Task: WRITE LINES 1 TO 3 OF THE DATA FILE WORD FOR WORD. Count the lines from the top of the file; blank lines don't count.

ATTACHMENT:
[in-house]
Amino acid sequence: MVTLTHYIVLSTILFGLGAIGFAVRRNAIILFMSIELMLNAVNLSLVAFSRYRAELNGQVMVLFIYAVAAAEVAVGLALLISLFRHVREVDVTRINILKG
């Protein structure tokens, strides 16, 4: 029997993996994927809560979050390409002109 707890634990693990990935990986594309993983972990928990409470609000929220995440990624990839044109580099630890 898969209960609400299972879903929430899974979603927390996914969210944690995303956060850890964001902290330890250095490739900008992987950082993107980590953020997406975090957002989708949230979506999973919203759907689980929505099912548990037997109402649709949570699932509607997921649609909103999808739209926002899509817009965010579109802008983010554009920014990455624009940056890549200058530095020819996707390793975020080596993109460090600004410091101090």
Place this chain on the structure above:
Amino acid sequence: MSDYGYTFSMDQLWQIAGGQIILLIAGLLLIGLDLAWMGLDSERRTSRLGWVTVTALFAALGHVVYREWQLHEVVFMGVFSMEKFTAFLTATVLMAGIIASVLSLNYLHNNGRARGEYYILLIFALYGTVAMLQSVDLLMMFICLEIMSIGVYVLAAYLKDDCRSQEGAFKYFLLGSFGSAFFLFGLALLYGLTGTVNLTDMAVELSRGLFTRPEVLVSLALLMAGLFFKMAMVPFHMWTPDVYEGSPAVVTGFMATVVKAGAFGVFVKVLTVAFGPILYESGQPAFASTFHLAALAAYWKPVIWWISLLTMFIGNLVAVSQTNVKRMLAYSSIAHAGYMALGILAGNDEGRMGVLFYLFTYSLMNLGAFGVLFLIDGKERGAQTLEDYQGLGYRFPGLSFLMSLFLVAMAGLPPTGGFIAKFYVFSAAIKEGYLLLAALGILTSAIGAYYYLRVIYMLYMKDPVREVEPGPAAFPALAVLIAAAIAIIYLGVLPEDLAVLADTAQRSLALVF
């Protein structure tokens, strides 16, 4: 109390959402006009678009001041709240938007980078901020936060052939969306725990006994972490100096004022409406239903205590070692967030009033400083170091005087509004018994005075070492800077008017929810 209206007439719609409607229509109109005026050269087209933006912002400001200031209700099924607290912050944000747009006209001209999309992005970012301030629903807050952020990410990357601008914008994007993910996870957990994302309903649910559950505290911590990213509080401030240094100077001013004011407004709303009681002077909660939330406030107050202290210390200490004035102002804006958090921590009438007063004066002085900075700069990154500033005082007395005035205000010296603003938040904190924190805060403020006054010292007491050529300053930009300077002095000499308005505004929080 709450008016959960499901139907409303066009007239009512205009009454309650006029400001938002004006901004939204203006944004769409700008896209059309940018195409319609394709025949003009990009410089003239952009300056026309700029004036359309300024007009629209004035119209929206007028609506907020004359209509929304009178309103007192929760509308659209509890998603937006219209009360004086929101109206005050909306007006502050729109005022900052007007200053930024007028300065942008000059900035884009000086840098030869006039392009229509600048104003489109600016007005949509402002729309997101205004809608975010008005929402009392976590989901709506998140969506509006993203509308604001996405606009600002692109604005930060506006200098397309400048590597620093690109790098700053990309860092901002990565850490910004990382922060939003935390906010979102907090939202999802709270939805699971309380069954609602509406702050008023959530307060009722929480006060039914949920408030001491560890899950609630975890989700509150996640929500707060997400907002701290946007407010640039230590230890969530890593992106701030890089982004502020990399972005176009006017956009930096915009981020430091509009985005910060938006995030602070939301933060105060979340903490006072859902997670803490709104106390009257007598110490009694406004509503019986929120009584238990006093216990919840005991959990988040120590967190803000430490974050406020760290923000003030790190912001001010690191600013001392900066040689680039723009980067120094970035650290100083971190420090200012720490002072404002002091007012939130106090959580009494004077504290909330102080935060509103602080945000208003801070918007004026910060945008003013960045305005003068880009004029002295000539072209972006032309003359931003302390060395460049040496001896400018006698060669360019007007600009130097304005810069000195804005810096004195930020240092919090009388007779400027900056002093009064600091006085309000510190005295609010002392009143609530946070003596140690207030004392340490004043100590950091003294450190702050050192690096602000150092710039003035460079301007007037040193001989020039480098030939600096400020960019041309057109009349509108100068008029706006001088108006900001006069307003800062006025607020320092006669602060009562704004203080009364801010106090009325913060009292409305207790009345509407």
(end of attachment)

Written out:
[in-house]
Amino acid sequence: MVTLTHYIVLSTILFGLGAIGFAVRRNAIILFMSIELMLNAVNLSLVAFSRYRAELNGQVMVLFIYAVAAAEVAVGLALLISLFRHVREVDVTRINILKG
């Protein structure tokens, strides 16, 4: 029997993996994927809560979050390409002109 707890634990693990990935990986594309993983972990928990409470609000929220995440990624990839044109580099630890 898969209960609400299972879903929430899974979603927390996914969210944690995303956060850890964001902290330890250095490739900008992987950082993107980590953020997406975090957002989708949230979506999973919203759907689980929505099912548990037997109402649709949570699932509607997921649609909103999808739209926002899509817009965010579109802008983010554009920014990455624009940056890549200058530095020819996707390793975020080596993109460090600004410091101090």